English Pages, 26. 9. 2012
I would like to congratulate you on your election to serve as the highest representative of the 67th session of the United Nations General Assembly. In recent decades your country has gone through a difficult period and I am sure your experience as Serbian Minister of Foreign Affairs, who saw the consequences of one kind of “peacefully” negotiated settlements and of armed international interventions, will be beneficial for this year’s General Assembly and will contribute to making our deliberations less formal and more practical.
The Czech Republic firmly believes that international disputes and conflicts can and should be settled by peaceful and not military means. We have been systematically demonstrating that for a long time. When the division of Czechoslovakia was taking place 20 years ago and the situation was emotionally strained and painful for us, it had never crossed the mind of any of our politicians that the problem should be addressed by other than peaceful means. Difficult negotiations undertaken solely by our domestic representatives resulted in achieving a settlement that political representatives and citizens, in both newly established states then as well as today, with the benefit of hindsight, considered and consider to be a positive solution.
Our experience confirms that it is in particular the domestic politicians who should be the driving force of talks rather than international negotiation teams or former political celebrities. The mandate of the negotiating parties has to be rooted in domestic conditions and local traditions as firmly as possible and the external observers must not succumb to the temptation of imposing a settlement that they themselves regard as the right one, but which is not in line with the long-term spontaneous developments in the country or region. For a number of reasons, those inevitable preconditions are often not met in various attempts at peaceful conflict resolution, and it is therefore no wonder that we often see the results opposite to what the architects of a particular settlement would have wished.
We have to ask ourselves: what is the success of peace talks and international missions? Do the external interventions improve the situation, or do they rather make it worse by hindering spontaneous processes that could re-introduce stability in the region possibly with smaller sacrifices compared to the price paid by the external intervention?
Are, for instance, the developments in Iraq, the still open Cyprus issue or the independence of Kosovo a success of the UN or not?
Let me say a few words about Syria. The Czech Republic, as a country that has its fresh historical experience with the transition to democracy, wishes Syria to be able to take the same path but we don’t see a feasible solution now. Our immediate effort has to focus on helping the people affected by the current tragic situation in the country. The Czech Republic has already sent humanitarian aid toSyria and to Syrians fleeing into neighbouring countries. We have set up a Medical Evacuation Programme for wounded Syrian refugees. Czech experts took part in the UN observer mission in Syria and our Embassy in Damascus also provides assistance. Two months ago the Czech Republic accepted a US request for representation in diplomatic and consular matters in Syria.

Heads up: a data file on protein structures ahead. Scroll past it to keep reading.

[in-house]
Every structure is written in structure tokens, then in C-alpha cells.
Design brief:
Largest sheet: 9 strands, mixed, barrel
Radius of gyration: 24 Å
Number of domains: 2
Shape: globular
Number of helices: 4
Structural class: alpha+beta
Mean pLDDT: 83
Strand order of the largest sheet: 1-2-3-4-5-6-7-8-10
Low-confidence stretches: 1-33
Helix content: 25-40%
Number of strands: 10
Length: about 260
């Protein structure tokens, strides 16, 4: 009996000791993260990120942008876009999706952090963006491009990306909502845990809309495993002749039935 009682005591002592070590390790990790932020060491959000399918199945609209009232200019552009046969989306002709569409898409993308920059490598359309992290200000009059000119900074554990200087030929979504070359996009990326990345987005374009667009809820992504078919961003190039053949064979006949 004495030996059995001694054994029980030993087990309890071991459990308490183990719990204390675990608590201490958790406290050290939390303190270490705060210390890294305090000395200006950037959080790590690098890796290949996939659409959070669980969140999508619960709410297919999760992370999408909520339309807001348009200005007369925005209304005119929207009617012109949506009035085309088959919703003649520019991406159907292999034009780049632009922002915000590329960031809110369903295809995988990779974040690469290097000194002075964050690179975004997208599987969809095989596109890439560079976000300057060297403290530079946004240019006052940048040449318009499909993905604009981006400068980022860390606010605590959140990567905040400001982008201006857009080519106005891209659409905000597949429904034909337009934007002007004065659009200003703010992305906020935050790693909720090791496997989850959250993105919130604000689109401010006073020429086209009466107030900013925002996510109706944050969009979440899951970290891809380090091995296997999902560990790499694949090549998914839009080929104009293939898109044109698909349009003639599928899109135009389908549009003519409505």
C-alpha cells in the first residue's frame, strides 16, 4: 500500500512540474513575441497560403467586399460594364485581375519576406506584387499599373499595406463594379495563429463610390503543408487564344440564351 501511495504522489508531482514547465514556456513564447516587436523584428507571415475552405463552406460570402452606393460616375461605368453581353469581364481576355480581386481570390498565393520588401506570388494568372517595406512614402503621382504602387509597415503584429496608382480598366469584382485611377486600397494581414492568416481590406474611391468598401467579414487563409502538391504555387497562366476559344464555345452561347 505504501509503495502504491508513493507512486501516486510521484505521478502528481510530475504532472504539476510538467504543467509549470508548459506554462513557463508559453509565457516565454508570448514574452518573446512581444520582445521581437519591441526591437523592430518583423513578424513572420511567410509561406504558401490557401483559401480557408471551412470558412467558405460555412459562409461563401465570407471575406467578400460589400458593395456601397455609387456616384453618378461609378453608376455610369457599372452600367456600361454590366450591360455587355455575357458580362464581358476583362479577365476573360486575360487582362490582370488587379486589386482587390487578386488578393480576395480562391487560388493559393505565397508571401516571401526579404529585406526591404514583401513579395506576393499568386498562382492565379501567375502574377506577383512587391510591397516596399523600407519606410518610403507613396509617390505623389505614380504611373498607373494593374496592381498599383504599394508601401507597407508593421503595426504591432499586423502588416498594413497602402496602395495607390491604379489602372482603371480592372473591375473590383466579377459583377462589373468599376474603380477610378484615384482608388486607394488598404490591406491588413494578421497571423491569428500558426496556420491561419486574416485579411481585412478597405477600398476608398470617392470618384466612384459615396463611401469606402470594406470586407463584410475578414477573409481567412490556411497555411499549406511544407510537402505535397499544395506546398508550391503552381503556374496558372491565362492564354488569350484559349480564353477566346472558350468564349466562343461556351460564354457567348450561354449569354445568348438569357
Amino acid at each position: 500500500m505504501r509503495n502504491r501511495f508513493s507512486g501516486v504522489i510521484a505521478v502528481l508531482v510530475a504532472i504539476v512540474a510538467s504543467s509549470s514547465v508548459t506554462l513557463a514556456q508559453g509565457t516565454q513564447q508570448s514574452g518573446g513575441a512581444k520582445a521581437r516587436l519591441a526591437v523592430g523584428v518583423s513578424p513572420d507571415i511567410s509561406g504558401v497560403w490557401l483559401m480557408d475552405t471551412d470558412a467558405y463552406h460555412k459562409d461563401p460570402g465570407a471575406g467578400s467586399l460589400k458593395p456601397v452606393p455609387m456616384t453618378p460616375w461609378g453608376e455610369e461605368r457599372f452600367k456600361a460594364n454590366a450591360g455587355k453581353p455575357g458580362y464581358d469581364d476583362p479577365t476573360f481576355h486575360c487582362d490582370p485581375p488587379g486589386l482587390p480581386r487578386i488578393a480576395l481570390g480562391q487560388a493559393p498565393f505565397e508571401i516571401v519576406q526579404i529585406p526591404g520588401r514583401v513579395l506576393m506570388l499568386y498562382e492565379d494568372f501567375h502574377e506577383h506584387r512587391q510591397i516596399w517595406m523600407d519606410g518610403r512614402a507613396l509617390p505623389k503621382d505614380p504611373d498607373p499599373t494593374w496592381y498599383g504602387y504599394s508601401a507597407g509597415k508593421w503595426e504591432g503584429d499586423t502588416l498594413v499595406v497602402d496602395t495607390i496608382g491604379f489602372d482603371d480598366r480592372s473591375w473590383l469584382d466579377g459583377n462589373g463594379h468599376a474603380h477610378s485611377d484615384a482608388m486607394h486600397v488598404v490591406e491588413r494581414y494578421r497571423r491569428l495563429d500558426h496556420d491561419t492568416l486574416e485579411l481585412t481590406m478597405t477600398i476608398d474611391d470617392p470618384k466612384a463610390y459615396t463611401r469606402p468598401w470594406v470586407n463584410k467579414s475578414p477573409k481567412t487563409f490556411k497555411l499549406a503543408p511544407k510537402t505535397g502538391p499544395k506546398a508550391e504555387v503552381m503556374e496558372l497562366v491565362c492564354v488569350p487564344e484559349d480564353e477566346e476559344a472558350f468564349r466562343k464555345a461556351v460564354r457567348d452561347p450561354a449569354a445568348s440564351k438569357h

There is no doubt that we have to look at the situation in Syria from a broader and more long-term perspective. We should know what needs to be done tomorrow and the day after tomorrow. I am afraid that this is the most important lesson learnt from the military intervention in Libya, which clearly demonstrated that a stable settlement cannot be sought by military force.
Distinguished Mr. Chairman, allow me to assure you that the Czech Republic will continue to be an active UN member. The Czech Republic observes and applies the principles and standards of international law in its foreign policy and promotes their international application. We will support the UN activities in the field of disarmament and non-proliferation of nuclear weapons. These issues belong among our security policy priorities.
The Czech Republic will continue to take part in the UN peacekeeping operations as well as in humanitarian and development programmes. The Czech Republic also supports the attempts at reforming the United Nations including the Security Council, which started in 2005 aiming to respond to changed international environment and promote a more balanced representation of individual world regions and states.
Mr. Chairman, I would like to wish you every success in your responsible post. Thank you for your attention.
Václav Klaus, United Nations Headquarters, New York, 25 September 2012
Copyright © 2010, Václav Klaus. Všechna práva vyhrazena. Bez předchozího písemného souhlasu není dovoleno další publikování, distribuce nebo tisk materiálů zveřejněných na tomto serveru.